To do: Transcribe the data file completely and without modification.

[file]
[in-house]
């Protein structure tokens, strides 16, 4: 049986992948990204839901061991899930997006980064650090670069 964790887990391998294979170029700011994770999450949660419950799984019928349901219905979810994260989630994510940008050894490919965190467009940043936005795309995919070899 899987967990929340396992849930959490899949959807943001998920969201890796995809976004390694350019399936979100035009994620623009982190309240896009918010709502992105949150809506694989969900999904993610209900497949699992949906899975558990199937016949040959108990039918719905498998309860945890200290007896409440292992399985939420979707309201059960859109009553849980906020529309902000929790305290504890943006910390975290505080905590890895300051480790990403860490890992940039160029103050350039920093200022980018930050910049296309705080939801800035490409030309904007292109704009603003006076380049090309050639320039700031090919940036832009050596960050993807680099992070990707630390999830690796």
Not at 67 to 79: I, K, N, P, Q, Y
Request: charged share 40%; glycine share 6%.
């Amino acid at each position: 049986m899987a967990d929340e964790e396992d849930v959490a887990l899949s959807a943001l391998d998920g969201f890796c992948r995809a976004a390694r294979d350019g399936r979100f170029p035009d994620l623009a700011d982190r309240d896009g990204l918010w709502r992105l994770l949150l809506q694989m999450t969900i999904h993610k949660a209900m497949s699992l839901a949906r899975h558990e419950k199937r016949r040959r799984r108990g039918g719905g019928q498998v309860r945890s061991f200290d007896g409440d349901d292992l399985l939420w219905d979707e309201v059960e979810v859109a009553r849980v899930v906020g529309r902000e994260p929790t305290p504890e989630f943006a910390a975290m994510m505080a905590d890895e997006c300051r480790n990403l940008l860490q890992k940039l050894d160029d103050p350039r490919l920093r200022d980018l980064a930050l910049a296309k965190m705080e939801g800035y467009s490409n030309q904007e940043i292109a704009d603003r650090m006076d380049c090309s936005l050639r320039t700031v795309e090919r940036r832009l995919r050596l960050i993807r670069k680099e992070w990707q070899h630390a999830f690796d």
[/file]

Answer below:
[in-house]
């Protein structure tokens, strides 16, 4: 049986992948990204839901061991899930997006980064650090670069 964790887990391998294979170029700011994770999450949660419950799984019928349901219905979810994260989630994510940008050894490919965190467009940043936005795309995919070899 899987967990929340396992849930959490899949959807943001998920969201890796995809976004390694350019399936979100035009994620623009982190309240896009918010709502992105949150809506694989969900999904993610209900497949699992949906899975558990199937016949040959108990039918719905498998309860945890200290007896409440292992399985939420979707309201059960859109009553849980906020529309902000929790305290504890943006910390975290505080905590890895300051480790990403860490890992940039160029103050350039920093200022980018930050910049296309705080939801800035490409030309904007292109704009603003006076380049090309050639320039700031090919940036832009050596960050993807680099992070990707630390999830690796």
Not at 67 to 79: I, K, N, P, Q, Y
Request: charged share 40%; glycine share 6%.
């Amino acid at each position: 049986m899987a967990d929340e964790e396992d849930v959490a887990l899949s959807a943001l391998d998920g969201f890796c992948r995809a976004a390694r294979d350019g399936r979100f170029p035009d994620l623009a700011d982190r309240d896009g990204l918010w709502r992105l994770l949150l809506q694989m999450t969900i999904h993610k949660a209900m497949s699992l839901a949906r899975h558990e419950k199937r016949r040959r799984r108990g039918g719905g019928q498998v309860r945890s061991f200290d007896g409440d349901d292992l399985l939420w219905d979707e309201v059960e979810v859109a009553r849980v899930v906020g529309r902000e994260p929790t305290p504890e989630f943006a910390a975290m994510m505080a905590d890895e997006c300051r480790n990403l940008l860490q890992k940039l050894d160029d103050p350039r490919l920093r200022d980018l980064a930050l910049a296309k965190m705080e939801g800035y467009s490409n030309q904007e940043i292109a704009d603003r650090m006076d380049c090309s936005l050639r320039t700031v795309e090919r940036r832009l995919r050596l960050i993807r670069k680099e992070w990707q070899h630390a999830f690796d």